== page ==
Barking Irons Revives the Spirit of New York's Oldest Tipple — Applejack

Applejack, neat.EXPAND
Applejack, neat.
Courtesy of Barking Irons

Could applejack be the new whiskey? Barking Irons Distilling & Imports Company thinks so. They just bottled their first spirit, distilled from 100 percent New York apples and barrel-aged in the heart of Brooklyn. Although the drink eschews grain in favor of the Empire State's number one fruit, it still goes down surprisingly similarly to a bourbon. Yet it remains far less understood than its corn- and malt-based counterparts. Enjoy a brief history of applejack before seeking out a bottle of Barking Irons, now on shelves across the city.

"Applejack is America's original liquor," says Elliott Phear, co-founder of Barking Irons. "Our ancestors used to take plentiful resources of apples and freeze-distill them in their backyards." The process was known as "jacking," which is where the spirit derives its name.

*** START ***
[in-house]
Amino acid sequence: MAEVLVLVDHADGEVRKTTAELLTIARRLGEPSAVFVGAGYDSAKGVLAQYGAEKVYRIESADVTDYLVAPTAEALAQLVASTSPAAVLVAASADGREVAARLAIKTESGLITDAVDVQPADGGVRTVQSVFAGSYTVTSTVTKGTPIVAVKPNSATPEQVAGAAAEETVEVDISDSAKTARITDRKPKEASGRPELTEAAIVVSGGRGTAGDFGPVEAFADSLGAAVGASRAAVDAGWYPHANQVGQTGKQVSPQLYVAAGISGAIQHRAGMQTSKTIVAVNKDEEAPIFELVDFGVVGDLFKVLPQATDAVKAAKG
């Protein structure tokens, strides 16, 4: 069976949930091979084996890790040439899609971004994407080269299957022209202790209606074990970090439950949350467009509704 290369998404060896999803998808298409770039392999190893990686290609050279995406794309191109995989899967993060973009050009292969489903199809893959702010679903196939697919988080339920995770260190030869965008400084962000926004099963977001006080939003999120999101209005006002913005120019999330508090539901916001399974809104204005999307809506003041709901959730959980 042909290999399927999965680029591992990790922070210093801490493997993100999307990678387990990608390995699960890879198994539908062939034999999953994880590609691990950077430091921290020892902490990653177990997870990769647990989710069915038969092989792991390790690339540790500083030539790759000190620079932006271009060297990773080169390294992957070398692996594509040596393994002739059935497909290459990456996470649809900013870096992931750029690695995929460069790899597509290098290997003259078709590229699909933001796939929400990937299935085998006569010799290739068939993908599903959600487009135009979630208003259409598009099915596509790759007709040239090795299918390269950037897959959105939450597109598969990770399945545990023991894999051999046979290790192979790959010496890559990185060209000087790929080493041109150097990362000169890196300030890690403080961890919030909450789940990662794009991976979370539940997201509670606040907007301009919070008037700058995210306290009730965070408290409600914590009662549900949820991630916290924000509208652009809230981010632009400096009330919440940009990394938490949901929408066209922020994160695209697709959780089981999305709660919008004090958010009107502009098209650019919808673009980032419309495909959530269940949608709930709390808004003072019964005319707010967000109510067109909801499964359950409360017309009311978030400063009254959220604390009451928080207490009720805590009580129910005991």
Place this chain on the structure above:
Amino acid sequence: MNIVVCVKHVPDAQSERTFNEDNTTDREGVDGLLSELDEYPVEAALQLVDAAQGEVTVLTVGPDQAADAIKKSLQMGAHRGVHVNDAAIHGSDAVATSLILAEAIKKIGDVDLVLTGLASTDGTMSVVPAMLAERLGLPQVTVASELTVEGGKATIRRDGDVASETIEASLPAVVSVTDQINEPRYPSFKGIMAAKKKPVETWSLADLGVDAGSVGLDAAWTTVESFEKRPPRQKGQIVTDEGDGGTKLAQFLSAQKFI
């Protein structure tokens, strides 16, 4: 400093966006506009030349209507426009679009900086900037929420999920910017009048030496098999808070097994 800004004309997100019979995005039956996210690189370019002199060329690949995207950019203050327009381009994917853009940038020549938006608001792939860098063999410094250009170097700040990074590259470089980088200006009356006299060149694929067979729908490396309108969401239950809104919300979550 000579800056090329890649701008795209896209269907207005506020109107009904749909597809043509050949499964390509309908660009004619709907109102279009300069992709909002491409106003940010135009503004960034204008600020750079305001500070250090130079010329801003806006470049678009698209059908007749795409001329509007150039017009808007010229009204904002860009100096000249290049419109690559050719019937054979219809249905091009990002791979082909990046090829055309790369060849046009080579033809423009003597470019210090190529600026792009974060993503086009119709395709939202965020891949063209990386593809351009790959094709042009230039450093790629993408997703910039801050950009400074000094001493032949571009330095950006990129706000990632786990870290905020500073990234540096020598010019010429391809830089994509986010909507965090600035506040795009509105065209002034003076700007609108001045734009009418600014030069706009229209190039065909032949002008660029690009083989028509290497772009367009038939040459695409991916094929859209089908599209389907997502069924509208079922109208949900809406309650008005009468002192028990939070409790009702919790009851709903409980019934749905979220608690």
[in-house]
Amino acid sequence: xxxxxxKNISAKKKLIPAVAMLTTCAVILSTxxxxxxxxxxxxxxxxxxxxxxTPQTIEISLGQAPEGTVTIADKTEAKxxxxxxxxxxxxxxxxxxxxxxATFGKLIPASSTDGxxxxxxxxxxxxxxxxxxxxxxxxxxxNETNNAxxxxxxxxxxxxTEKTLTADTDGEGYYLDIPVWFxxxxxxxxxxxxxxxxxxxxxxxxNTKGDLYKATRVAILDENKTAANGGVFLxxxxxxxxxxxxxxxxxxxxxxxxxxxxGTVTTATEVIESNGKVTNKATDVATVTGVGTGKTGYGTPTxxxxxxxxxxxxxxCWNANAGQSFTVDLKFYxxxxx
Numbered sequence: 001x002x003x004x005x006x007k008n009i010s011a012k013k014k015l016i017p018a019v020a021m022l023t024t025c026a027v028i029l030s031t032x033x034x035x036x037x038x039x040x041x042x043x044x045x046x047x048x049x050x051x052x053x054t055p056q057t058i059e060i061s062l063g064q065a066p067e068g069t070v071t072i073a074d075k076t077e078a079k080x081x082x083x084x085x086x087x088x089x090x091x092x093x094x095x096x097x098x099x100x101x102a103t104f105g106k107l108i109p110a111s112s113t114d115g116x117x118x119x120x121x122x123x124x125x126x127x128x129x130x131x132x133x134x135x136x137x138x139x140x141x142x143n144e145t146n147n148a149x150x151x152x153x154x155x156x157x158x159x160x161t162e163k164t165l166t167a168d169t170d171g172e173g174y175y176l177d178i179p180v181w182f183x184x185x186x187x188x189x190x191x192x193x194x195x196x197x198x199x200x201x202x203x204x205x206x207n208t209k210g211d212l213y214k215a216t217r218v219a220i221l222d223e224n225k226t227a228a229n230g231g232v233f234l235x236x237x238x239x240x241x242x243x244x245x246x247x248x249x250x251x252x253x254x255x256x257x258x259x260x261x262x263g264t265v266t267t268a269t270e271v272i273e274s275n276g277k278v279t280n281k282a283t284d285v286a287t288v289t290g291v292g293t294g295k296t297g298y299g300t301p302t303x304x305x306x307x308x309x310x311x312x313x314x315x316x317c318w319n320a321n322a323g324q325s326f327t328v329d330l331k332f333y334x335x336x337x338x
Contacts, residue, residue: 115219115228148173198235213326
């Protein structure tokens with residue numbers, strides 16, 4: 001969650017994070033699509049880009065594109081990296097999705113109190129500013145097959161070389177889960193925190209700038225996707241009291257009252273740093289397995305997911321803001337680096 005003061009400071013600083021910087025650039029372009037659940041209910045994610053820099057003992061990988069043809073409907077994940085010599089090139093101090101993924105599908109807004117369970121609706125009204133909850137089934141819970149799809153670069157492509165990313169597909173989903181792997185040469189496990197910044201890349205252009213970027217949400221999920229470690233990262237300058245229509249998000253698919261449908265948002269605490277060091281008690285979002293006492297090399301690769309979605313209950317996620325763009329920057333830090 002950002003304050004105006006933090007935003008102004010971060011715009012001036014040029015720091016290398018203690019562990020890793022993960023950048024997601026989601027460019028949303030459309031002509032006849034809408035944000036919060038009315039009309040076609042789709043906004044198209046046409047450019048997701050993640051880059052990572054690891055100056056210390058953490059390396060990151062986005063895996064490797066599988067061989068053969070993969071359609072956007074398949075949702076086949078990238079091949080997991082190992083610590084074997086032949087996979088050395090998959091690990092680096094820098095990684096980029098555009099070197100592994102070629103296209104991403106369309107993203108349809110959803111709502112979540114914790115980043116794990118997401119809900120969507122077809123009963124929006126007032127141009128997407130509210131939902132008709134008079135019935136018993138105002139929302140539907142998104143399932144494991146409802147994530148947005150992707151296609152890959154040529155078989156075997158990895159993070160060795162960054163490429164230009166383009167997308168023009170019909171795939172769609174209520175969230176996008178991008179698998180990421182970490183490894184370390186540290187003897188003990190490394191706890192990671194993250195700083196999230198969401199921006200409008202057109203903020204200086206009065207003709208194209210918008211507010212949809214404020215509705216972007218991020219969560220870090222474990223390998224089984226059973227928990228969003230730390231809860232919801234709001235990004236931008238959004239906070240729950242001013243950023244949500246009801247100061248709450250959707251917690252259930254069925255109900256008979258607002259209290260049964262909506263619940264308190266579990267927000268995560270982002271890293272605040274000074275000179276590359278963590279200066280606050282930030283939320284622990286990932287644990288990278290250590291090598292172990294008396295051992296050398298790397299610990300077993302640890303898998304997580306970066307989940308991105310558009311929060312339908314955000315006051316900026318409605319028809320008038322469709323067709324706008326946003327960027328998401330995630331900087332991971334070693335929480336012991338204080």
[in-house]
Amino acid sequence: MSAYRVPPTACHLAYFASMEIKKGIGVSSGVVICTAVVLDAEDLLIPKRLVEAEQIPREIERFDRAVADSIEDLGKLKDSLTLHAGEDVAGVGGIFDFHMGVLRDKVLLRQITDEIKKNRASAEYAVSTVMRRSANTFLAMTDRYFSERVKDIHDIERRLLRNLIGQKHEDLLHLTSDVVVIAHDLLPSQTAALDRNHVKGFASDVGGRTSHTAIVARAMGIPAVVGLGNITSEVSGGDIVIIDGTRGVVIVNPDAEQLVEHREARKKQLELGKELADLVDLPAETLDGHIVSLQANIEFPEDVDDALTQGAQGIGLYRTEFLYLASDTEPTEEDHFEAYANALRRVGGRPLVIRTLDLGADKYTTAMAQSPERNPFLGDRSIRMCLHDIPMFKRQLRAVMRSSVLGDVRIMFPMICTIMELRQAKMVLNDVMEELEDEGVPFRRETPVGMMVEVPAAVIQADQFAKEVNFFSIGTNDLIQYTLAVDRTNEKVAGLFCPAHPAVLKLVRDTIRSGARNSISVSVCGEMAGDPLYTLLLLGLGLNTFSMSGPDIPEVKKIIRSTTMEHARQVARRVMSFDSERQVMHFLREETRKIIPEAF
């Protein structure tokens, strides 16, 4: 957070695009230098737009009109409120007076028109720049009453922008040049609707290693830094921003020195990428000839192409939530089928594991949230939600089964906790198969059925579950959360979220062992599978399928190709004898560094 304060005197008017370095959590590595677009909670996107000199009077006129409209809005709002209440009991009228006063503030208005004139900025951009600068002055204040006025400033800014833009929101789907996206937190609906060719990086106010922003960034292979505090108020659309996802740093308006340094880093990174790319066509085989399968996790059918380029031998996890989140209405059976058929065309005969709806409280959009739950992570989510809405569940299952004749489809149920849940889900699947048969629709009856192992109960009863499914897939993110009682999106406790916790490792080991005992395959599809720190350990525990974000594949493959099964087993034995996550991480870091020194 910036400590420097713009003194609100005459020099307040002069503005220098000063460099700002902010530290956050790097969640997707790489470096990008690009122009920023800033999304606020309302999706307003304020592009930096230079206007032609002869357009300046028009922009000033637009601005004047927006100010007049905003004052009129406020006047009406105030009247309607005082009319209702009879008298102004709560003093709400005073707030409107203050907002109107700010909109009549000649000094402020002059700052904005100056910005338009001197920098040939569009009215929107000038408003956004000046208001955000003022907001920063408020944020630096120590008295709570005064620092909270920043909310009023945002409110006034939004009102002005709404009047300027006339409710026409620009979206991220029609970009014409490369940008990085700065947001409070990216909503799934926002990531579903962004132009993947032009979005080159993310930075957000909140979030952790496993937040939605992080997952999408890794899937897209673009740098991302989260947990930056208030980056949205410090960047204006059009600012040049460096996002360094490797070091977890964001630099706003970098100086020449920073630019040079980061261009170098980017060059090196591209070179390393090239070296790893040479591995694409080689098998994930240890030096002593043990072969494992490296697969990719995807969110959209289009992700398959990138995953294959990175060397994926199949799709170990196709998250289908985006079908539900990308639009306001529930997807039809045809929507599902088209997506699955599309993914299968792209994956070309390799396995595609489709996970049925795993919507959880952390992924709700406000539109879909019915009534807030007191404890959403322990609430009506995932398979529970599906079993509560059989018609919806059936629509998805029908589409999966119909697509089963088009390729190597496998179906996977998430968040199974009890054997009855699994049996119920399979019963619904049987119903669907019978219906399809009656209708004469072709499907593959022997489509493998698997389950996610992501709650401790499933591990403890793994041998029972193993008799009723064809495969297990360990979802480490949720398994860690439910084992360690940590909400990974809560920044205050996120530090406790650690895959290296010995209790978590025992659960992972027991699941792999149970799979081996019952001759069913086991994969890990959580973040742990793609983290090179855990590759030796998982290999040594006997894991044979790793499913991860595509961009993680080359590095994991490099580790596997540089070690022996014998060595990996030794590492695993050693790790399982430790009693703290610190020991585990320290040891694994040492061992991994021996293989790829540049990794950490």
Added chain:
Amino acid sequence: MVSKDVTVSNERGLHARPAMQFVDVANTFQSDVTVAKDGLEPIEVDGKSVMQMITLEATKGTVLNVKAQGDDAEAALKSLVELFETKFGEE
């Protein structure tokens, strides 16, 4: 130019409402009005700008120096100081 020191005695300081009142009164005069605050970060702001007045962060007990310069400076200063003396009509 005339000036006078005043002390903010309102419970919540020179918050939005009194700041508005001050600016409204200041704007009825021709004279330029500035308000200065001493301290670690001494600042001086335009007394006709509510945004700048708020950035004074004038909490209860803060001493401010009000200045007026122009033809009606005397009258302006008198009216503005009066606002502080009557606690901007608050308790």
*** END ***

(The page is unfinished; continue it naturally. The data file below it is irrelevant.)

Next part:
Barking Irons begins its life as a hard cider, made with jonagold, macoun, and gala apples. The juice is distilled at Black Dirt in Warwick, New York, before it is received at the Van Brunt Stillhouse in Red Hook, where it's aged for several months in heavily charred oak barrels, taking on the wooded, vanilla-rich characteristics familiar to whiskey. A sip of the 100-proof applejack is subdued in its sweetness, revealing notes of pepper, caramel, and cocoa in the finish. It's sensational neat, or as a substitute for bourbon or rye in a manhattan cocktail.

Bottles now retail for around $45. The drink is also behind the bar at Mother's Ruin, Rochelle's, and Bonnie Vee on the Lower East Side. In Williamsburg it's pouring at Huckleberry Bar, Dram, and the Shanty. It's the sweetest way to sip your way through New York's proud agricultural heritage. 


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